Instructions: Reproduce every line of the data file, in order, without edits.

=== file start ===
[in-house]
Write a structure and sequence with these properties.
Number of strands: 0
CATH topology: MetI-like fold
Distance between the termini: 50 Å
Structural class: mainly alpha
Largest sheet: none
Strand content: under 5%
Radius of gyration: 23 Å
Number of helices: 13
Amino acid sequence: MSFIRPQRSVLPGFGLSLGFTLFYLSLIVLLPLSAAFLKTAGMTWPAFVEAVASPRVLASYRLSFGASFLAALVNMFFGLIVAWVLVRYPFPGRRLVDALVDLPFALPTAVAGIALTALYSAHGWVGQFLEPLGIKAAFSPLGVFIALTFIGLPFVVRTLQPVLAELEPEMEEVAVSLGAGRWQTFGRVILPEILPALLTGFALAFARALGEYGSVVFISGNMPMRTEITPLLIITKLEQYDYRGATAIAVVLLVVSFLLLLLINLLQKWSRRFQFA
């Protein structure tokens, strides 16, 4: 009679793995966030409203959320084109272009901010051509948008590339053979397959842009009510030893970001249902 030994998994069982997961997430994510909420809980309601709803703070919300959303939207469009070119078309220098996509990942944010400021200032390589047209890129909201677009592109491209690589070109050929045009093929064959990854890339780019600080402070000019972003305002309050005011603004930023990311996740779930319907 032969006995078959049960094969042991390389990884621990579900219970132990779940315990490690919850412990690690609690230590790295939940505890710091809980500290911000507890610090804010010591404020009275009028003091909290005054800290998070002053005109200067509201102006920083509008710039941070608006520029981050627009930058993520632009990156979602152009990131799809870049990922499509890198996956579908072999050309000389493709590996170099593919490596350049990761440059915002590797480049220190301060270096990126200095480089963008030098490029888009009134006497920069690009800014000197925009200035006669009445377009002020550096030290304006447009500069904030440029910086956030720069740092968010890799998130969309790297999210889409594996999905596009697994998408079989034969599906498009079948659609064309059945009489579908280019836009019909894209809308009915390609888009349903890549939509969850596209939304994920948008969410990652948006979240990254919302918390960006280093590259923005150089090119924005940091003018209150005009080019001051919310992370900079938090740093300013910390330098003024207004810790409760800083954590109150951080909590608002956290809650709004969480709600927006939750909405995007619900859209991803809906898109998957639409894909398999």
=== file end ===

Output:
[in-house]
Write a structure and sequence with these properties.
Number of strands: 0
CATH topology: MetI-like fold
Distance between the termini: 50 Å
Structural class: mainly alpha
Largest sheet: none
Strand content: under 5%
Radius of gyration: 23 Å
Number of helices: 13
Amino acid sequence: MSFIRPQRSVLPGFGLSLGFTLFYLSLIVLLPLSAAFLKTAGMTWPAFVEAVASPRVLASYRLSFGASFLAALVNMFFGLIVAWVLVRYPFPGRRLVDALVDLPFALPTAVAGIALTALYSAHGWVGQFLEPLGIKAAFSPLGVFIALTFIGLPFVVRTLQPVLAELEPEMEEVAVSLGAGRWQTFGRVILPEILPALLTGFALAFARALGEYGSVVFISGNMPMRTEITPLLIITKLEQYDYRGATAIAVVLLVVSFLLLLLINLLQKWSRRFQFA
């Protein structure tokens, strides 16, 4: 009679793995966030409203959320084109272009901010051509948008590339053979397959842009009510030893970001249902 030994998994069982997961997430994510909420809980309601709803703070919300959303939207469009070119078309220098996509990942944010400021200032390589047209890129909201677009592109491209690589070109050929045009093929064959990854890339780019600080402070000019972003305002309050005011603004930023990311996740779930319907 032969006995078959049960094969042991390389990884621990579900219970132990779940315990490690919850412990690690609690230590790295939940505890710091809980500290911000507890610090804010010591404020009275009028003091909290005054800290998070002053005109200067509201102006920083509008710039941070608006520029981050627009930058993520632009990156979602152009990131799809870049990922499509890198996956579908072999050309000389493709590996170099593919490596350049990761440059915002590797480049220190301060270096990126200095480089963008030098490029888009009134006497920069690009800014000197925009200035006669009445377009002020550096030290304006447009500069904030440029910086956030720069740092968010890799998130969309790297999210889409594996999905596009697994998408079989034969599906498009079948659609064309059945009489579908280019836009019909894209809308009915390609888009349903890549939509969850596209939304994920948008969410990652948006979240990254919302918390960006280093590259923005150089090119924005940091003018209150005009080019001051919310992370900079938090740093300013910390330098003024207004810790409760800083954590109150951080909590608002956290809650709004969480709600927006939750909405995007619900859209991803809906898109998957639409894909398999």